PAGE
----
British geeks may be well-paid blokes, but they have some way to go before taking over the country.
According to a report from The Work Foundation, techno freaks account for about a quarter of the population.
But the IT revolution is being driven by more pragmatic citizens, who are only interested in technology that is of practical benefit to their lives.
The research, sponsored by Microsoft and accountants PricewaterhouseCoopers, showed that the technology enthusiasts are mostly high-earning men who spend more than 10 hours a week online.
"The majority of us have remained immune to the hype surrounding the digital revolution. Our use of technology is dominated by everyday concerns: friends and family, and shopping," said James Crabtree, a researcher at The Work Foundation (formerly The Industrial Society).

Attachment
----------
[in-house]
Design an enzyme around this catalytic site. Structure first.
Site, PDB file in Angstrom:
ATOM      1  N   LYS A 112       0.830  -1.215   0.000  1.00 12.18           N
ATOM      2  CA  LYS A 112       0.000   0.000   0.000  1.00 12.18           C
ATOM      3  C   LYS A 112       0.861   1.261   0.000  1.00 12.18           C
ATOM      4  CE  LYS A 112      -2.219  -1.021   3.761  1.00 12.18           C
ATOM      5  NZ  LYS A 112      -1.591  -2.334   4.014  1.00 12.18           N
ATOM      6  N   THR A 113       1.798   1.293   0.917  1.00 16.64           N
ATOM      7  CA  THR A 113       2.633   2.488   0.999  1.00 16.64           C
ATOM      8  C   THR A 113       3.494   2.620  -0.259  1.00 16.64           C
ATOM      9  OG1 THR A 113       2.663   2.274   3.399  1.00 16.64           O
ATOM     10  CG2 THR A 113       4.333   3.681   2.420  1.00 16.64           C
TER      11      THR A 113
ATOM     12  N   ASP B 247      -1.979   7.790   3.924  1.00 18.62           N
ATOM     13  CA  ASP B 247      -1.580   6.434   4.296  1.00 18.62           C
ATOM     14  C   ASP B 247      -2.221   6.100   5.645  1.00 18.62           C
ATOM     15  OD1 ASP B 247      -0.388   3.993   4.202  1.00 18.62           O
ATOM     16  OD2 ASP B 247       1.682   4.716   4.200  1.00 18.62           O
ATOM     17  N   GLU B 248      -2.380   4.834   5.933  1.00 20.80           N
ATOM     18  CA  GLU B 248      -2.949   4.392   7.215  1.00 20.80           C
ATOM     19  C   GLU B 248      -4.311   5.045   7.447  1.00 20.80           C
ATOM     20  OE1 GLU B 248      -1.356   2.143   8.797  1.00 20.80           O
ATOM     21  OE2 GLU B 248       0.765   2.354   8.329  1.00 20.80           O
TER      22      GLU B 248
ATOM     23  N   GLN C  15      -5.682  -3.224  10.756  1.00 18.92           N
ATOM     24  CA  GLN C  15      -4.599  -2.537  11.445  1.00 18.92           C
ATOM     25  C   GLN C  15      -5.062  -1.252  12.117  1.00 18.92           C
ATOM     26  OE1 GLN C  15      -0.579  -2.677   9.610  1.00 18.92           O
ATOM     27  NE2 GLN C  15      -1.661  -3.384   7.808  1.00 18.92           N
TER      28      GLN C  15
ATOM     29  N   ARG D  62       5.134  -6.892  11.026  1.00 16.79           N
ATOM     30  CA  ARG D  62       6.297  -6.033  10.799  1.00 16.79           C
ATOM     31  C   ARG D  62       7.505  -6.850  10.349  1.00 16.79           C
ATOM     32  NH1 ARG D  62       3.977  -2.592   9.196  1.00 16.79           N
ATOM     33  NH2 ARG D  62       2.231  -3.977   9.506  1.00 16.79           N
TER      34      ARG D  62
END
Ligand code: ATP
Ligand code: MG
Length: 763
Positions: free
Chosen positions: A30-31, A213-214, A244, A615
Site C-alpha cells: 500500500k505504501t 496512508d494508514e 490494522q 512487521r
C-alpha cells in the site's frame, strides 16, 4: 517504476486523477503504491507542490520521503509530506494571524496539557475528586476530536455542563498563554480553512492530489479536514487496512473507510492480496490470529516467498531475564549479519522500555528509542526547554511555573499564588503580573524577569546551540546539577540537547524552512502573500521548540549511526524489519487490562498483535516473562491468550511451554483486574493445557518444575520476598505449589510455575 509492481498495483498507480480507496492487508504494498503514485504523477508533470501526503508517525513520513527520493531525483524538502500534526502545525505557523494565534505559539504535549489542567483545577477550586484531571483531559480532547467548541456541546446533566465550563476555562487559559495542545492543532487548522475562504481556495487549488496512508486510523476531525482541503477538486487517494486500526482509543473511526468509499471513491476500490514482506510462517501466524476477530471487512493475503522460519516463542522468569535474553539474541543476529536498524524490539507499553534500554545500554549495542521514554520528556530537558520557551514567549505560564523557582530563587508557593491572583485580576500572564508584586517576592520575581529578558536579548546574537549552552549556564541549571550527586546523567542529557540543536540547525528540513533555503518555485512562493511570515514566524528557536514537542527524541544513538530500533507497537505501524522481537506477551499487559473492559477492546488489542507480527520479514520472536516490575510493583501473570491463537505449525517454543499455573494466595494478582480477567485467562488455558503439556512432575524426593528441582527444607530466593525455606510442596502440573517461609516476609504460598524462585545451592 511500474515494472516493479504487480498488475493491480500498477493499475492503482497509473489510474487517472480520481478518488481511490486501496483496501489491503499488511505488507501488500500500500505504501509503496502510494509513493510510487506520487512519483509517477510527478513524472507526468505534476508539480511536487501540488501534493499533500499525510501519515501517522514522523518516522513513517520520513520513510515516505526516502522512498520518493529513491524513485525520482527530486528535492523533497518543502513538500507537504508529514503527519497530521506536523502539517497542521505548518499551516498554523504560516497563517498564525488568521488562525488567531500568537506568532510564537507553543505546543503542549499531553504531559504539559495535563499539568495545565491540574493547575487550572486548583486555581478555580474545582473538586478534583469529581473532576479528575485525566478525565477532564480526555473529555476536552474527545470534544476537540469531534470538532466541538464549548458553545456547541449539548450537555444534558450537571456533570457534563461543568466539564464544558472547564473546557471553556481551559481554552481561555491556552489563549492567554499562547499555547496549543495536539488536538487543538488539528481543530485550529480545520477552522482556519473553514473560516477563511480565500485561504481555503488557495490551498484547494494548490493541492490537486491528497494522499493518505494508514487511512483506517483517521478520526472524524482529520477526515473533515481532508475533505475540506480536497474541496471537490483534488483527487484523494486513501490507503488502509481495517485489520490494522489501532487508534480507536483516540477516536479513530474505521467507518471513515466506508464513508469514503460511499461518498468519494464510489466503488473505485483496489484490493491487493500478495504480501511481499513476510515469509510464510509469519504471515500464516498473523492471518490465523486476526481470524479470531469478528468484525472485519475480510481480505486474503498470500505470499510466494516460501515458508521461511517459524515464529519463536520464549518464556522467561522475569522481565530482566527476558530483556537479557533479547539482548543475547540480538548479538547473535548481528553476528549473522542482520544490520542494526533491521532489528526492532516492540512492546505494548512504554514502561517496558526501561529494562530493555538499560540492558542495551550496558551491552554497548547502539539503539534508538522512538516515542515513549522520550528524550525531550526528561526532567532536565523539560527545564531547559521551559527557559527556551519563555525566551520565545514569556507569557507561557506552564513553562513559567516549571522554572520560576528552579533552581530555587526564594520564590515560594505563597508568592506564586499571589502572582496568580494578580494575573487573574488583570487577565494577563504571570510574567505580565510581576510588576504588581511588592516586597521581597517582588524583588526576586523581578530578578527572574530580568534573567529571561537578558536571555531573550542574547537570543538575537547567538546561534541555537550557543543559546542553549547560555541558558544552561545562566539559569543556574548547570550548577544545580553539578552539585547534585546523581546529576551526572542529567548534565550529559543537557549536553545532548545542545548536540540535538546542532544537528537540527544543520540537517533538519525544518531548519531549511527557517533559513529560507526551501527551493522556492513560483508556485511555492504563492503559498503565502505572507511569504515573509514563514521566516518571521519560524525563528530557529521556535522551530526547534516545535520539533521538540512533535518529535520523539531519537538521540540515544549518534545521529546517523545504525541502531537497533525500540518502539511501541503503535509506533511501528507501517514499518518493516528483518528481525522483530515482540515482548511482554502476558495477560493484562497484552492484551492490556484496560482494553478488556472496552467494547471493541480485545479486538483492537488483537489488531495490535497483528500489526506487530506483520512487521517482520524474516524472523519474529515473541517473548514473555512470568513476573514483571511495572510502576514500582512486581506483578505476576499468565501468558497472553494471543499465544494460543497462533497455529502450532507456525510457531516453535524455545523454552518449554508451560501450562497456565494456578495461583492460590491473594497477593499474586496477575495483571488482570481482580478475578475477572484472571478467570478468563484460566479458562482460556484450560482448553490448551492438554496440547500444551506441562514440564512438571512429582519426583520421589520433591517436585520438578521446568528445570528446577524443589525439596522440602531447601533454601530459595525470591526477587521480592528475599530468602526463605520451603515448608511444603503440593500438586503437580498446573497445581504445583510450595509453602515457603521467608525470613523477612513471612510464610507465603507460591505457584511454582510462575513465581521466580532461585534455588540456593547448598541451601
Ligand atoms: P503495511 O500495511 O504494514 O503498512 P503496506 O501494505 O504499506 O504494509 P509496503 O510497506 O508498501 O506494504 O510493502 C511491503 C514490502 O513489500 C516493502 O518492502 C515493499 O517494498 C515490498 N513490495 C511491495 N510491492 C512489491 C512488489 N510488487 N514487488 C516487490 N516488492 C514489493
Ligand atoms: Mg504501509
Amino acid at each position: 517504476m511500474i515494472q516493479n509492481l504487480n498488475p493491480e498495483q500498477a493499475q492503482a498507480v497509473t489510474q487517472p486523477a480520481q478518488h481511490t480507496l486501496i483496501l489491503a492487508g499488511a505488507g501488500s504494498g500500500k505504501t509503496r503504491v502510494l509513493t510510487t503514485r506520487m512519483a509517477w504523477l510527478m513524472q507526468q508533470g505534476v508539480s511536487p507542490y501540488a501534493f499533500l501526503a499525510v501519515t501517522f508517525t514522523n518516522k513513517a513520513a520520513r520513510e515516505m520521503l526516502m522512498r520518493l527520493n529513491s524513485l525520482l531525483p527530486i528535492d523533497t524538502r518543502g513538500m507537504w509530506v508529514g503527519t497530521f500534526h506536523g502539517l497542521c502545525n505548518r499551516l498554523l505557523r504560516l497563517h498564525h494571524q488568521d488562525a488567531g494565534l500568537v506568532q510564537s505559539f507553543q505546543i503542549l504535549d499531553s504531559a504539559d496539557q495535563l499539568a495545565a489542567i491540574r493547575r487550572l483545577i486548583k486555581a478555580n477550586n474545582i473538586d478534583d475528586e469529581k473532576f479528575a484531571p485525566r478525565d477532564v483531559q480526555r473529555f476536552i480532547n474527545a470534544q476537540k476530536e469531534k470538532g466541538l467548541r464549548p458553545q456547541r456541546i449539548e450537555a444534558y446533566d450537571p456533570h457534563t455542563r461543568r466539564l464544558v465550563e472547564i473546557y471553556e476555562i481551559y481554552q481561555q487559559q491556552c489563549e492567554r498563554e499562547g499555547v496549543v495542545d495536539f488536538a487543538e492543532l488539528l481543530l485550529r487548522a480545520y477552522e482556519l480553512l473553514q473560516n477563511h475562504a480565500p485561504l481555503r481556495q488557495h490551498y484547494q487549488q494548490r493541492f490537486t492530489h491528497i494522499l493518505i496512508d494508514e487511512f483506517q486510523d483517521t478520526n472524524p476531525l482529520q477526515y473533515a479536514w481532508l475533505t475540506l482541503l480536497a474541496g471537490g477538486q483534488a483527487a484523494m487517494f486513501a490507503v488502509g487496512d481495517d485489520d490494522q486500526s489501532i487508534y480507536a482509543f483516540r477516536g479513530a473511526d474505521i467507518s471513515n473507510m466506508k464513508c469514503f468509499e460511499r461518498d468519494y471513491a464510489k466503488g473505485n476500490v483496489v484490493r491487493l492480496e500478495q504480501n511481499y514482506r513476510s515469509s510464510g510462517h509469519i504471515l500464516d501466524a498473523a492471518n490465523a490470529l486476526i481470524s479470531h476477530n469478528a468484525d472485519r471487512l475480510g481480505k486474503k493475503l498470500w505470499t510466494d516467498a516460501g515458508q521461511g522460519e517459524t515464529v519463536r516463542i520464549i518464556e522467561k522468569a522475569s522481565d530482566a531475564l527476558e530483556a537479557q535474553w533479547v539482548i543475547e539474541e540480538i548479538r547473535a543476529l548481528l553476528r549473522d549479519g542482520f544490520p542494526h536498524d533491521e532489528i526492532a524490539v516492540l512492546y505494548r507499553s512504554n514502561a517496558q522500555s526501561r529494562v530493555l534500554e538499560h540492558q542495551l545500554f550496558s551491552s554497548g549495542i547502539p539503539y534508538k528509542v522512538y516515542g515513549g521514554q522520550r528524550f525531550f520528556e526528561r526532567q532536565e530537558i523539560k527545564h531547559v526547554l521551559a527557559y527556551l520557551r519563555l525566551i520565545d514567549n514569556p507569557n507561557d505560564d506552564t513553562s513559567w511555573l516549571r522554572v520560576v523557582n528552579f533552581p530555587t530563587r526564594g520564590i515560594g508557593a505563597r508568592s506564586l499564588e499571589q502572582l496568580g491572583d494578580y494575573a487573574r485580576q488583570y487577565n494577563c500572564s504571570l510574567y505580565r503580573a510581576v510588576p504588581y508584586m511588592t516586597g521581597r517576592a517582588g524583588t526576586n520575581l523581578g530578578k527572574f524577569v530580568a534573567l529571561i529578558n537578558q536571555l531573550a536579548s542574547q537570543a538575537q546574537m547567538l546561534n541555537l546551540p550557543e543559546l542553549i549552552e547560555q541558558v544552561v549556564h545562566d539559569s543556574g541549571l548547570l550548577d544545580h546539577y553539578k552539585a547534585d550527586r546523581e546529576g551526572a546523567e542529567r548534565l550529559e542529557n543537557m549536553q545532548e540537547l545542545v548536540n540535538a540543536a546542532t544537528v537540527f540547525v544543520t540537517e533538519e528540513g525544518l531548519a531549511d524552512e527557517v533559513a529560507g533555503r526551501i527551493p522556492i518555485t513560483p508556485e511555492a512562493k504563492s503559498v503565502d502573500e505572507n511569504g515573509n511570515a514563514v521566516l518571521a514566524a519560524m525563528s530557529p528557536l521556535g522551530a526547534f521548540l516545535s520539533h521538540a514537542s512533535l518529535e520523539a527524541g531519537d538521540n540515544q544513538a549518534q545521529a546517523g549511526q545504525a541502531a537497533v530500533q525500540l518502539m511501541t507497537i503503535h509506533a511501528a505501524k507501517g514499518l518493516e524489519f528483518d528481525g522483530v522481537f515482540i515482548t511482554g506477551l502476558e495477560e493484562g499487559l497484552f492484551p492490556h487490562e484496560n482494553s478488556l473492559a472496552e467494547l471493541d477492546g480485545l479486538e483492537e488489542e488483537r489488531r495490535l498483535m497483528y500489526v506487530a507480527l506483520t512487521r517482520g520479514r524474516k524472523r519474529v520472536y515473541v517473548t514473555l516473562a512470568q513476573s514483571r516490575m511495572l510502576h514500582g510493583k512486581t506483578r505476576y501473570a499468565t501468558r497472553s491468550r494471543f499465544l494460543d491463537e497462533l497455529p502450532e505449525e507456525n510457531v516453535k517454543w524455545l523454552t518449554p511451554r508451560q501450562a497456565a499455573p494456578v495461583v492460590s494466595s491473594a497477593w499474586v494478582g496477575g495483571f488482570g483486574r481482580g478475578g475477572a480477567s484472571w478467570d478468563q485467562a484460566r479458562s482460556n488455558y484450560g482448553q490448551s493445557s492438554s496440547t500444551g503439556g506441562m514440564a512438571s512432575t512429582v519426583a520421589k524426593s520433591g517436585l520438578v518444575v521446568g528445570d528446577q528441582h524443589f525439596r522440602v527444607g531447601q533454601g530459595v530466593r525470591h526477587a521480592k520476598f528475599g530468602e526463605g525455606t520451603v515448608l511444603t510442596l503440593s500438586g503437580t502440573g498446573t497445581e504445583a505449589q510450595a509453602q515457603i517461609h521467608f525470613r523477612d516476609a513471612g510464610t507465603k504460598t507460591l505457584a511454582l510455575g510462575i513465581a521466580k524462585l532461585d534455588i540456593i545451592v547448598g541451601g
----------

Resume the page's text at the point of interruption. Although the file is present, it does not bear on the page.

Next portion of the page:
PCs can now be found in 54 per cent of British households, roughly the same number of homes with tumble dryers.
Ownership rises to 70 per cent for 35 to 44 year-olds, and 40 per cent have digital TV. Three quarters of British adults now own a mobile phone.
But the author of the report found that the British remained sceptical about the importance of technology.
"In true British fashion, the tortoise has out-run the hare and the UK ICT revolution has been led by the sedate, understated and practical majority," said Crabtree.
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